Many perspectives, 1 simple etiquette

Microchip Takeover Fails For Now: Qualcomm Tells Broadcom"No Thank You"

Author: Jeff Powers
Created: 13 November, 2017
Updated: 21 November, 2022
1 min read

It's been a week of big headlines between two of the giant microchip makers in the world.

Broadcom made an offer to buy Qualcomm last week that was officially rejected by Qualcomm Monday.

The bid, which was for $105 billion, didn't sit well with Qualcomm officials. A statement released by the Qualcomm board of directors read in part, this deal  "significantly undervalues" the company.

Paul Jacobs, Chairman of the Board of Qualcomm noted in the statement, “It is the Board’s unanimous belief that Broadcom’s proposal significantly undervalues Qualcomm relative to the Company’s leadership position in mobile technology and our future growth prospects.”

Qualcomm's CEO Steve Mollenkpf said, "No company is better positioned in mobile, IoT, automotive, edge computing and networking within the semiconductor industry. We are confident in our ability to create significant additional value for our stockholders as we continue our growth in these attractive segments and lead the transition to 5G."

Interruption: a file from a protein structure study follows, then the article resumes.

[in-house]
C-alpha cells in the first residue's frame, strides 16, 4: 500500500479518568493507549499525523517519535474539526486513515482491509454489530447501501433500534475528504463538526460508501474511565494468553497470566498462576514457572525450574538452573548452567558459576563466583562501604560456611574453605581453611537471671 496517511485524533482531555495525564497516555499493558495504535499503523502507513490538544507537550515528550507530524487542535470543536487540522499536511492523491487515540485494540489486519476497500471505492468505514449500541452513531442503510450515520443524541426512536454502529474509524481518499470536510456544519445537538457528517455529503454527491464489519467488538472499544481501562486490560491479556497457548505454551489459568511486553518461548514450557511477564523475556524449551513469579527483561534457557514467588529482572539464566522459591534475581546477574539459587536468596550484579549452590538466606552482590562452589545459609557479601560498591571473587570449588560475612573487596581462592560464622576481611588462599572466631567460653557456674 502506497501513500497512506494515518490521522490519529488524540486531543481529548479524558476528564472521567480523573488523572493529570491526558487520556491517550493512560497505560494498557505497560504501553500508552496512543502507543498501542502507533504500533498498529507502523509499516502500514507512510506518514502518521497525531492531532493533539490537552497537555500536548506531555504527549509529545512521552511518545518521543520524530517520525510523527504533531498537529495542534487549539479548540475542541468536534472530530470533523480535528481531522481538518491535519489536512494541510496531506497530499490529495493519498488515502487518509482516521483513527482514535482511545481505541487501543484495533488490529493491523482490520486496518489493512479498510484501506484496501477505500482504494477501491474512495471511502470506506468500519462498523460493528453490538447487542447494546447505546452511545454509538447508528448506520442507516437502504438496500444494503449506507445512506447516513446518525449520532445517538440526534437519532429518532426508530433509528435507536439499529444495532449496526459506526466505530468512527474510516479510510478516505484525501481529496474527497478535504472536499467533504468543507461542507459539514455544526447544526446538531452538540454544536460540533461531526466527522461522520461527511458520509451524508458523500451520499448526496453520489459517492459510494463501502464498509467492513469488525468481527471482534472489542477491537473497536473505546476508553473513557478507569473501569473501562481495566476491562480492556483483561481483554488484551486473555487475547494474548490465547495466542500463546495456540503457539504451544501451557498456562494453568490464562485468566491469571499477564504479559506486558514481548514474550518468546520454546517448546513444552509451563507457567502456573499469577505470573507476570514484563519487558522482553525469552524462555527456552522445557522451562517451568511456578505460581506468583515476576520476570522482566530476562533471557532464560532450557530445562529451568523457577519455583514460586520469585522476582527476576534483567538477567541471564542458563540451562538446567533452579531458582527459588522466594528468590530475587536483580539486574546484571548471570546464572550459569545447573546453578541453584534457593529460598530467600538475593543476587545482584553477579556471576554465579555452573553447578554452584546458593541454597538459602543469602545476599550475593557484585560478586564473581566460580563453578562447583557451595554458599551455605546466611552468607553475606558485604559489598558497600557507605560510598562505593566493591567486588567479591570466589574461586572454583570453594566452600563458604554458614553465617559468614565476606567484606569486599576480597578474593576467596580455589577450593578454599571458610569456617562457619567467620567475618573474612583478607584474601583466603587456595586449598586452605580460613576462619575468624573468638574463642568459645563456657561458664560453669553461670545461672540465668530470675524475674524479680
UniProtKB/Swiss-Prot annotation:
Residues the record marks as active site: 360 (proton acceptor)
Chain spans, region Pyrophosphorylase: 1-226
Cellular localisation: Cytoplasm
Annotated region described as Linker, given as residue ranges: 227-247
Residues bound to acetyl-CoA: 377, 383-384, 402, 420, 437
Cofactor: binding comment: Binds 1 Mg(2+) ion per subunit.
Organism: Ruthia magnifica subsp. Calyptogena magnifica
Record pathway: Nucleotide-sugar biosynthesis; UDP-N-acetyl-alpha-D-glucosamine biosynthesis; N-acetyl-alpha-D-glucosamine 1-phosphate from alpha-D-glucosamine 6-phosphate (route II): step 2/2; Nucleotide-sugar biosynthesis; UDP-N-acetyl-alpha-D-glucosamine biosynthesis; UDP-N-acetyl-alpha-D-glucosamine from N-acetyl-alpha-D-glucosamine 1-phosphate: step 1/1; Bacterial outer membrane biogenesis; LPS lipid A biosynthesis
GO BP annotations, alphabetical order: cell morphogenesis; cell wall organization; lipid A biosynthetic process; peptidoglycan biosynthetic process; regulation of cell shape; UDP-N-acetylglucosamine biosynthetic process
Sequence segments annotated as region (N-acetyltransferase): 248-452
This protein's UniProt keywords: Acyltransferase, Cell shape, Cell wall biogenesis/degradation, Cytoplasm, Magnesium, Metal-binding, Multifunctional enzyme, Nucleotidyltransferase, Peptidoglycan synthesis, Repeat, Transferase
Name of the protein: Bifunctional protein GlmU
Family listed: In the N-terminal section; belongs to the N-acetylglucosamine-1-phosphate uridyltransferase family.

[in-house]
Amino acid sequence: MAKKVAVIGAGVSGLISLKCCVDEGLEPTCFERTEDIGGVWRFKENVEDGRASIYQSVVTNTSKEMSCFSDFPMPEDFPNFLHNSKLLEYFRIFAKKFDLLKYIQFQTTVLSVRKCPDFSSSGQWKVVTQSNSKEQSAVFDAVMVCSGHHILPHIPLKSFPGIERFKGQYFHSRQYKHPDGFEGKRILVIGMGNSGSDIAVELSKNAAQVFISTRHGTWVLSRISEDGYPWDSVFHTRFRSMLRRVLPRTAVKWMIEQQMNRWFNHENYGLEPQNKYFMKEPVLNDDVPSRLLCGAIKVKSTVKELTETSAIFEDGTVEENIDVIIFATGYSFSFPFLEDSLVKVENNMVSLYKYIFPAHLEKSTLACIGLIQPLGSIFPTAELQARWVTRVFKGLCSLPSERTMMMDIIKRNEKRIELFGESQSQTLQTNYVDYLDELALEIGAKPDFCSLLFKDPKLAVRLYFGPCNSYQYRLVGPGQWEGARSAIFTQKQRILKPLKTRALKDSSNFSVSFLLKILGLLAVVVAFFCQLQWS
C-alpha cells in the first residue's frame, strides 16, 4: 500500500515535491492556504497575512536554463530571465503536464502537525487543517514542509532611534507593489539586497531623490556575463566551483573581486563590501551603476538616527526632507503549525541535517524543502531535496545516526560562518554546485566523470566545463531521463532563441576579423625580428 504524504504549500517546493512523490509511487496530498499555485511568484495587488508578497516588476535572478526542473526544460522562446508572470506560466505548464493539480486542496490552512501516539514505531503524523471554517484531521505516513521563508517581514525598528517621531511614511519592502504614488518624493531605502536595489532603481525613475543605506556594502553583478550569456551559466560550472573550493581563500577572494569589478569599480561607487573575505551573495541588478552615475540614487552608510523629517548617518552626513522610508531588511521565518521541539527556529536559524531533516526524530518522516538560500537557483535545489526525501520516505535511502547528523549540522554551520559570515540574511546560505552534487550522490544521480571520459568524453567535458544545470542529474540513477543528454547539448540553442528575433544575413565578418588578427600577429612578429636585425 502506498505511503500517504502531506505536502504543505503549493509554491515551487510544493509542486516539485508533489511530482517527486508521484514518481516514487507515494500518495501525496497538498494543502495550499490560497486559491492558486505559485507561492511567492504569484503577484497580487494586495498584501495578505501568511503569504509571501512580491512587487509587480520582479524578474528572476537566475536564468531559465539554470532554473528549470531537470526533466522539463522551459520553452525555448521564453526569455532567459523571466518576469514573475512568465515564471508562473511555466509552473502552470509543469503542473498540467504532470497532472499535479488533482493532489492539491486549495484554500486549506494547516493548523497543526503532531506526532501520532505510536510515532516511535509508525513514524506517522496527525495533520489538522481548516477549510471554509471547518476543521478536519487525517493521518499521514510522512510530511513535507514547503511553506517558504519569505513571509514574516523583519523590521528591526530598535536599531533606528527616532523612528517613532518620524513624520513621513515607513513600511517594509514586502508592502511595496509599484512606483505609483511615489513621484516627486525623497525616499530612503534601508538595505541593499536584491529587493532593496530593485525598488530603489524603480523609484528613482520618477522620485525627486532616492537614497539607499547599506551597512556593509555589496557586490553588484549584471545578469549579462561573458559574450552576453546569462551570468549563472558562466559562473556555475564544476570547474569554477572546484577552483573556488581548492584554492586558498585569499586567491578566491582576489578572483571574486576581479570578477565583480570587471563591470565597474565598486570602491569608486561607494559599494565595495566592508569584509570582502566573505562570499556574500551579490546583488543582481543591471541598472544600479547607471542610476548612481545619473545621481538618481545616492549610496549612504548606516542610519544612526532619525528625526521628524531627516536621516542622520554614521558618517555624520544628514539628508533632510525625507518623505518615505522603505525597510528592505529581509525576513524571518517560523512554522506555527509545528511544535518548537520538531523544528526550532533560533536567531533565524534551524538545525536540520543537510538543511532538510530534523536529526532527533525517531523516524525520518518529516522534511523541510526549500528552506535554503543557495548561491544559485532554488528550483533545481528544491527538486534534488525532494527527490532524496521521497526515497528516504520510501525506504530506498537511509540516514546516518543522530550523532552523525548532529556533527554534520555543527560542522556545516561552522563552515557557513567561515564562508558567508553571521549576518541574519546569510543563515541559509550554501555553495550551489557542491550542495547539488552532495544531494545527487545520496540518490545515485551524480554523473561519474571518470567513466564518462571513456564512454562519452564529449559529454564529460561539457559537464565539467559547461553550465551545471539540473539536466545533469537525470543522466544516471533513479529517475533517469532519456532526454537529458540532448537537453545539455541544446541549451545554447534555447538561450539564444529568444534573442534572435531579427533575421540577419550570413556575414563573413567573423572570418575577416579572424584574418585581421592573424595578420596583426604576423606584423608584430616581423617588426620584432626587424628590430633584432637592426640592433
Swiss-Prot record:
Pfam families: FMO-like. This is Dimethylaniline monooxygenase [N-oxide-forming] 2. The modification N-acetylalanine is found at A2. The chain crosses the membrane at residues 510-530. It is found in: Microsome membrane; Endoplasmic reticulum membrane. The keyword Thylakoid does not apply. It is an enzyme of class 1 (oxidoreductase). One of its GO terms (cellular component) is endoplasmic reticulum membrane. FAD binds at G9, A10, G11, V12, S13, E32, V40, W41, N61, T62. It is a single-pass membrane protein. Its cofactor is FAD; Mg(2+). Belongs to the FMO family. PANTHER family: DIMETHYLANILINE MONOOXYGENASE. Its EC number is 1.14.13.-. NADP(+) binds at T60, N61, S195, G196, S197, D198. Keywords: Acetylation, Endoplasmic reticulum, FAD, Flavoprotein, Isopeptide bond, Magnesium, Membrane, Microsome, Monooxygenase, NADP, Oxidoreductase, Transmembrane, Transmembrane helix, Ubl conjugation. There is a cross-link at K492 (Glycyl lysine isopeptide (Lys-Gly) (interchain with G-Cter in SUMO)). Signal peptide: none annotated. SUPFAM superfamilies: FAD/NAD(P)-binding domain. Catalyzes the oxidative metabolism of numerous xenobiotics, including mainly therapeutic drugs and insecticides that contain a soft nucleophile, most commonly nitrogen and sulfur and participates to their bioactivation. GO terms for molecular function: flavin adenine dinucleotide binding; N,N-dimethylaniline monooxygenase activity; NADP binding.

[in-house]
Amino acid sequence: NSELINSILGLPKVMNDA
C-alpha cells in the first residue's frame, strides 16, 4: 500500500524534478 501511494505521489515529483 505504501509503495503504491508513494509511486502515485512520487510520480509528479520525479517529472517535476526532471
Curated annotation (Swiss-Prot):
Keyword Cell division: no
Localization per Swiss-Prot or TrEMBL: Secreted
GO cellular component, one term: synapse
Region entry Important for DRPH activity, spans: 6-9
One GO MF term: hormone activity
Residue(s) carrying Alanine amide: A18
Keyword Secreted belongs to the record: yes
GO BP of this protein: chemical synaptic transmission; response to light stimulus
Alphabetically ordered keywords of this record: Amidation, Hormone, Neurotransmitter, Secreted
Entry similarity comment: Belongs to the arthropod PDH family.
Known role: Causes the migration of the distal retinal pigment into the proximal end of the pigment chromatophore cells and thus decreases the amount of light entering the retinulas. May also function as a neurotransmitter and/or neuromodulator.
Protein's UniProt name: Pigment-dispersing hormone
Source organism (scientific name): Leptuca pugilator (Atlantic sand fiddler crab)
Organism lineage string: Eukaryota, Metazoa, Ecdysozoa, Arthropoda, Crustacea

Qualcomm stock was up nearly 2 percent in trading on Monday to $66/share.

Shares of Broadcom were down about .5 percent to $263.95.

Both companies count Apple among their top customers. Although Qualcomm and Apple have had signficant legal issues over the years. Market experts believe a deal between Broadcom and Qualcomm would help Qualcomm settle its legal battles with the iPhone maker.


Qualcomm executives joined President Trump on his Asia trip and signed $12 billion worth of deals with three Chinese mobile handset makers. The Qualcomm agreement was part of over $250 billion package of deals unveiled between U.S. and Chinese firms during Trump’s first state visit to China.

Mollenkopf released a statement on the trade deal stating, “We are continuing our commitment to investing and helping advance China’s mobile and semiconductor industries."